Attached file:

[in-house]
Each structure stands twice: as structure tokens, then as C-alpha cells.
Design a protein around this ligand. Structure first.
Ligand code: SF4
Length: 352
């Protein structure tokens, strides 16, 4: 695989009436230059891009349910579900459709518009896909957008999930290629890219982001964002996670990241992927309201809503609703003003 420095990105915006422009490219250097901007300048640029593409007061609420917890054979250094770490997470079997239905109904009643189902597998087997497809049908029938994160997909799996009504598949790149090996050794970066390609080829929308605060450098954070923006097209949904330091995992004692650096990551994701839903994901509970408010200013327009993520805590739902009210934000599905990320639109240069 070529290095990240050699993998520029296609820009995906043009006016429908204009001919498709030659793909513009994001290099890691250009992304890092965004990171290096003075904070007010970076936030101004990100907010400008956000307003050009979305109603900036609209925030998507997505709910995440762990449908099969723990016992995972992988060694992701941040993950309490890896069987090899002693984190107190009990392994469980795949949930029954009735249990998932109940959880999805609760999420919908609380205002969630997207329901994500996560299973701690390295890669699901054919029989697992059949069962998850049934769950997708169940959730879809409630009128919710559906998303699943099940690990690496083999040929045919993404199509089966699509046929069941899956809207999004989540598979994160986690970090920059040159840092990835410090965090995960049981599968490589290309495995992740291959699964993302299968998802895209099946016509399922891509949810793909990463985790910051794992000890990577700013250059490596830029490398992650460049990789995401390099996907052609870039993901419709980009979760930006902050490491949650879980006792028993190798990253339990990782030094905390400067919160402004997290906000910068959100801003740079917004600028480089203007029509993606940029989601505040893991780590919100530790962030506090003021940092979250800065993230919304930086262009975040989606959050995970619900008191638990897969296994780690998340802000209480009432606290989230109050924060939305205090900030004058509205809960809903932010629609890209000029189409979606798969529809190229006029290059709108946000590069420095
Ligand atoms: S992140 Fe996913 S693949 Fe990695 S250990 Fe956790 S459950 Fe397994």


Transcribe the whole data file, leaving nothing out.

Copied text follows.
[in-house]
Each structure stands twice: as structure tokens, then as C-alpha cells.
Design a protein around this ligand. Structure first.
Ligand code: SF4
Length: 352
């Protein structure tokens, strides 16, 4: 695989009436230059891009349910579900459709518009896909957008999930290629890219982001964002996670990241992927309201809503609703003003 420095990105915006422009490219250097901007300048640029593409007061609420917890054979250094770490997470079997239905109904009643189902597998087997497809049908029938994160997909799996009504598949790149090996050794970066390609080829929308605060450098954070923006097209949904330091995992004692650096990551994701839903994901509970408010200013327009993520805590739902009210934000599905990320639109240069 070529290095990240050699993998520029296609820009995906043009006016429908204009001919498709030659793909513009994001290099890691250009992304890092965004990171290096003075904070007010970076936030101004990100907010400008956000307003050009979305109603900036609209925030998507997505709910995440762990449908099969723990016992995972992988060694992701941040993950309490890896069987090899002693984190107190009990392994469980795949949930029954009735249990998932109940959880999805609760999420919908609380205002969630997207329901994500996560299973701690390295890669699901054919029989697992059949069962998850049934769950997708169940959730879809409630009128919710559906998303699943099940690990690496083999040929045919993404199509089966699509046929069941899956809207999004989540598979994160986690970090920059040159840092990835410090965090995960049981599968490589290309495995992740291959699964993302299968998802895209099946016509399922891509949810793909990463985790910051794992000890990577700013250059490596830029490398992650460049990789995401390099996907052609870039993901419709980009979760930006902050490491949650879980006792028993190798990253339990990782030094905390400067919160402004997290906000910068959100801003740079917004600028480089203007029509993606940029989601505040893991780590919100530790962030506090003021940092979250800065993230919304930086262009975040989606959050995970619900008191638990897969296994780690998340802000209480009432606290989230109050924060939305205090900030004058509205809960809903932010629609890209000029189409979606798969529809190229006029290059709108946000590069420095
Ligand atoms: S992140 Fe996913 S693949 Fe990695 S250990 Fe956790 S459950 Fe397994």